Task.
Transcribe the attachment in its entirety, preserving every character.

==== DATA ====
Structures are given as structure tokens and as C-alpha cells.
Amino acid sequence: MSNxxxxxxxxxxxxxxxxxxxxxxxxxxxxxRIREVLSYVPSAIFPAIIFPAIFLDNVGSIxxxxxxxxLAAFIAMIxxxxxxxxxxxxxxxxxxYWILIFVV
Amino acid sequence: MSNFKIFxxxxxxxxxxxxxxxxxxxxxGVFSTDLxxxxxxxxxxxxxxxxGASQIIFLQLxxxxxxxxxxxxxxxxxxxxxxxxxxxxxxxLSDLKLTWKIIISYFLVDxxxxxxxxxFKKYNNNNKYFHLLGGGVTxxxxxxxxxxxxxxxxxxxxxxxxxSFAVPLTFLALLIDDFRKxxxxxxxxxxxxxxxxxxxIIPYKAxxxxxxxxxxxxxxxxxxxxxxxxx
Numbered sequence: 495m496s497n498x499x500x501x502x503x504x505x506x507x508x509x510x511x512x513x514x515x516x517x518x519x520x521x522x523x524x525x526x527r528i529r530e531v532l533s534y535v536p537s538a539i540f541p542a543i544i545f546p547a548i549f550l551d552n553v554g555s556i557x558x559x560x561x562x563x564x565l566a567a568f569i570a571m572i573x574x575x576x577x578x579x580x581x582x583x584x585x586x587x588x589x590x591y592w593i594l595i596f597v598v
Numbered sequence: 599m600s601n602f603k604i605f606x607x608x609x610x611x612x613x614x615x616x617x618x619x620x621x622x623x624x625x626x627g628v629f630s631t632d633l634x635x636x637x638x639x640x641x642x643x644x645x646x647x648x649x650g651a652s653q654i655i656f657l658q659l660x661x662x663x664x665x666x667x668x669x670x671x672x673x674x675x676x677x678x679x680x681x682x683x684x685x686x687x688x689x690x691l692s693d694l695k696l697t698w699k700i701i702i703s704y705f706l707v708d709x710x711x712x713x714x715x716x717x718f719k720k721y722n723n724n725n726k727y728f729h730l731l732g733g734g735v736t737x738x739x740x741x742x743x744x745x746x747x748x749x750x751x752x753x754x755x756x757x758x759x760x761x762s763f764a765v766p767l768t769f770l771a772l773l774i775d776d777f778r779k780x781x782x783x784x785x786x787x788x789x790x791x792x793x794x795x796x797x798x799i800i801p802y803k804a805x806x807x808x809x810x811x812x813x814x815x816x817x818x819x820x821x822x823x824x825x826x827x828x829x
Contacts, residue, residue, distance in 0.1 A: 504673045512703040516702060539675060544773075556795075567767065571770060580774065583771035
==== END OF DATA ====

Structures are given as structure tokens and as C-alpha cells.
Amino acid sequence: MSNxxxxxxxxxxxxxxxxxxxxxxxxxxxxxRIREVLSYVPSAIFPAIIFPAIFLDNVGSIxxxxxxxxLAAFIAMIxxxxxxxxxxxxxxxxxxYWILIFVV
Amino acid sequence: MSNFKIFxxxxxxxxxxxxxxxxxxxxxGVFSTDLxxxxxxxxxxxxxxxxGASQIIFLQLxxxxxxxxxxxxxxxxxxxxxxxxxxxxxxxLSDLKLTWKIIISYFLVDxxxxxxxxxFKKYNNNNKYFHLLGGGVTxxxxxxxxxxxxxxxxxxxxxxxxxSFAVPLTFLALLIDDFRKxxxxxxxxxxxxxxxxxxxIIPYKAxxxxxxxxxxxxxxxxxxxxxxxxx
Numbered sequence: 495m496s497n498x499x500x501x502x503x504x505x506x507x508x509x510x511x512x513x514x515x516x517x518x519x520x521x522x523x524x525x526x527r528i529r530e531v532l533s534y535v536p537s538a539i540f541p542a543i544i545f546p547a548i549f550l551d552n553v554g555s556i557x558x559x560x561x562x563x564x565l566a567a568f569i570a571m572i573x574x575x576x577x578x579x580x581x582x583x584x585x586x587x588x589x590x591y592w593i594l595i596f597v598v
Numbered sequence: 599m600s601n602f603k604i605f606x607x608x609x610x611x612x613x614x615x616x617x618x619x620x621x622x623x624x625x626x627g628v629f630s631t632d633l634x635x636x637x638x639x640x641x642x643x644x645x646x647x648x649x650g651a652s653q654i655i656f657l658q659l660x661x662x663x664x665x666x667x668x669x670x671x672x673x674x675x676x677x678x679x680x681x682x683x684x685x686x687x688x689x690x691l692s693d694l695k696l697t698w699k700i701i702i703s704y705f706l707v708d709x710x711x712x713x714x715x716x717x718f719k720k721y722n723n724n725n726k727y728f729h730l731l732g733g734g735v736t737x738x739x740x741x742x743x744x745x746x747x748x749x750x751x752x753x754x755x756x757x758x759x760x761x762s763f764a765v766p767l768t769f770l771a772l773l774i775d776d777f778r779k780x781x782x783x784x785x786x787x788x789x790x791x792x793x794x795x796x797x798x799i800i801p802y803k804a805x806x807x808x809x810x811x812x813x814x815x816x817x818x819x820x821x822x823x824x825x826x827x828x829x
Contacts, residue, residue, distance in 0.1 A: 504673045512703040516702060539675060544773075556795075567767065571770060580774065583771035